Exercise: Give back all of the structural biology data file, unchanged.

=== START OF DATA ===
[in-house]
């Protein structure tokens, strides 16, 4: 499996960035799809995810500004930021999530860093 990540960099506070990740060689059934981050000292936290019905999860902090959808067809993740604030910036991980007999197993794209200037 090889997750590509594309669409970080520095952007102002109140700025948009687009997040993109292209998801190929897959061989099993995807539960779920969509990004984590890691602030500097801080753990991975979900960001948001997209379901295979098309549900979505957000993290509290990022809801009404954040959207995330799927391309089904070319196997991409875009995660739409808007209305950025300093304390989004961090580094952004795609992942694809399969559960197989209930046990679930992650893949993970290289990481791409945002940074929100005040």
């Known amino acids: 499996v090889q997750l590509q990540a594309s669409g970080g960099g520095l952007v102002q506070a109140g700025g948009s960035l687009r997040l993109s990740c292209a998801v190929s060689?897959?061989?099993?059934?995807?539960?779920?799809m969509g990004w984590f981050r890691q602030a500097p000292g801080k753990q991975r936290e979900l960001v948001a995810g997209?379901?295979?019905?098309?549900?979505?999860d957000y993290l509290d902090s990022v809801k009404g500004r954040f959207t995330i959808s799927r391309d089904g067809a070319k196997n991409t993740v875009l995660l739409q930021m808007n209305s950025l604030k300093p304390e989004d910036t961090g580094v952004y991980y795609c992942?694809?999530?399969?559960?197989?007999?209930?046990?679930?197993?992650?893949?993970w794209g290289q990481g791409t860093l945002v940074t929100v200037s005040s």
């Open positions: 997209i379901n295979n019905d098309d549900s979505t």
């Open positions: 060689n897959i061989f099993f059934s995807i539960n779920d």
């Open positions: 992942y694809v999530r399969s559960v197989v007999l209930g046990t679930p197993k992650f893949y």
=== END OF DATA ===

[in-house]
């Protein structure tokens, strides 16, 4: 499996960035799809995810500004930021999530860093 990540960099506070990740060689059934981050000292936290019905999860902090959808067809993740604030910036991980007999197993794209200037 090889997750590509594309669409970080520095952007102002109140700025948009687009997040993109292209998801190929897959061989099993995807539960779920969509990004984590890691602030500097801080753990991975979900960001948001997209379901295979098309549900979505957000993290509290990022809801009404954040959207995330799927391309089904070319196997991409875009995660739409808007209305950025300093304390989004961090580094952004795609992942694809399969559960197989209930046990679930992650893949993970290289990481791409945002940074929100005040």
């Known amino acids: 499996v090889q997750l590509q990540a594309s669409g970080g960099g520095l952007v102002q506070a109140g700025g948009s960035l687009r997040l993109s990740c292209a998801v190929s060689?897959?061989?099993?059934?995807?539960?779920?799809m969509g990004w984590f981050r890691q602030a500097p000292g801080k753990q991975r936290e979900l960001v948001a995810g997209?379901?295979?019905?098309?549900?979505?999860d957000y993290l509290d902090s990022v809801k009404g500004r954040f959207t995330i959808s799927r391309d089904g067809a070319k196997n991409t993740v875009l995660l739409q930021m808007n209305s950025l604030k300093p304390e989004d910036t961090g580094v952004y991980y795609c992942?694809?999530?399969?559960?197989?007999?209930?046990?679930?197993?992650?893949?993970w794209g290289q990481g791409t860093l945002v940074t929100v200037s005040s």
């Open positions: 997209i379901n295979n019905d098309d549900s979505t």
């Open positions: 060689n897959i061989f099993f059934s995807i539960n779920d």
């Open positions: 992942y694809v999530r399969s559960v197989v007999l209930g046990t679930p197993k992650f893949y």